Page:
This is where things get interesting, and why people want high speed sync. You want to reduce ambient exposure because, for whatever reason, you want the scene lit with flash and you don't want the sunlight to be contributing to the exposure. That means you're looking to set your camera to expose in the range of EV 20 or even more, which is a bit insane. You could do that with 1/1000 @ f/22 @ ISO 50, but most flashes aren't going to sync that fast at full output, you're pretty far into diffraction territory, and digital cameras aren't actually capable of exposing at ISO 50, they just clip highlights a stop faster. Realistically, you're either looking at some very unusual high-speed sync setups or neutral density filters -- and most who do that sort of thing go with the much, much cheaper and easier-to-deal-with neutral density filters.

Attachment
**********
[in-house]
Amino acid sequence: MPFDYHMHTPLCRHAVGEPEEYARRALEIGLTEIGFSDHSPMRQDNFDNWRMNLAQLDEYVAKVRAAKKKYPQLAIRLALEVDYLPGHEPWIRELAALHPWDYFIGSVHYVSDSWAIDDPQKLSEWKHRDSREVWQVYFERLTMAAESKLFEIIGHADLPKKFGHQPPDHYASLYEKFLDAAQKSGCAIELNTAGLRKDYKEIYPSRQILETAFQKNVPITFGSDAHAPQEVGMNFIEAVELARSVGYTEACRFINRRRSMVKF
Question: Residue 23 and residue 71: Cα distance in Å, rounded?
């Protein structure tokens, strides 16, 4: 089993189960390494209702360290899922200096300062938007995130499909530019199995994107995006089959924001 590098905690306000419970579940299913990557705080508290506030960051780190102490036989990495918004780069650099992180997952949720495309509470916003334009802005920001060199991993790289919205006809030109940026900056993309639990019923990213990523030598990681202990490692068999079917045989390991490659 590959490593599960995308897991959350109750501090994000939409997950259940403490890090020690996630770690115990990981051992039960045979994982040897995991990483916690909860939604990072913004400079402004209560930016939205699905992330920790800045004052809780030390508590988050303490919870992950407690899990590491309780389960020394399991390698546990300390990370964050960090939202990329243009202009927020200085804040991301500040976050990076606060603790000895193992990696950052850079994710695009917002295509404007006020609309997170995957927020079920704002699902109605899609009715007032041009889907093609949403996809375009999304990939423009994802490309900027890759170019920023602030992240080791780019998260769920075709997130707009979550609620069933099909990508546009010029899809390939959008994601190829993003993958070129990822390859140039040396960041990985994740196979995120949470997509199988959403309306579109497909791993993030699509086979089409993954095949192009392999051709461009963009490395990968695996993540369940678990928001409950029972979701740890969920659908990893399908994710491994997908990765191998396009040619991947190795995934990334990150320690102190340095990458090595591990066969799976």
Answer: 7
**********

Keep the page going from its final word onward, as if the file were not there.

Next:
I guess the real question is what type of motion you're looking to stop and where.

If it's outdoor sports, you don't need flash. You've got all the light you need.

If it's anything indoor and you're lighting the scene entirely with flash, the flash duration will stop the motion regardless of shutter speed.

It's only some really weird and unusual situations where you need high-speed sync to stop motion, and, if you're really in such a situation, you should prepare yourself to get down and dirty with some custom solution.

Cheers,

b&

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Re: Elinchroms and High Speed Sync
« Reply #14 on: March 27, 2013, 08:03:08 PM »
wombat,

 any chance you can post some shots demonstrating the capability of your setup? would be much appreciated!

yeah i have been meaning to do a tutorial on this since it does come up alot and it is an undocumented feature of the odins, so far i've only tried it with my elinchrom dlite-IT 400w heads
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Re: Elinchroms and High Speed Sync
« Reply #14 on: March 27, 2013, 08:03:08 PM »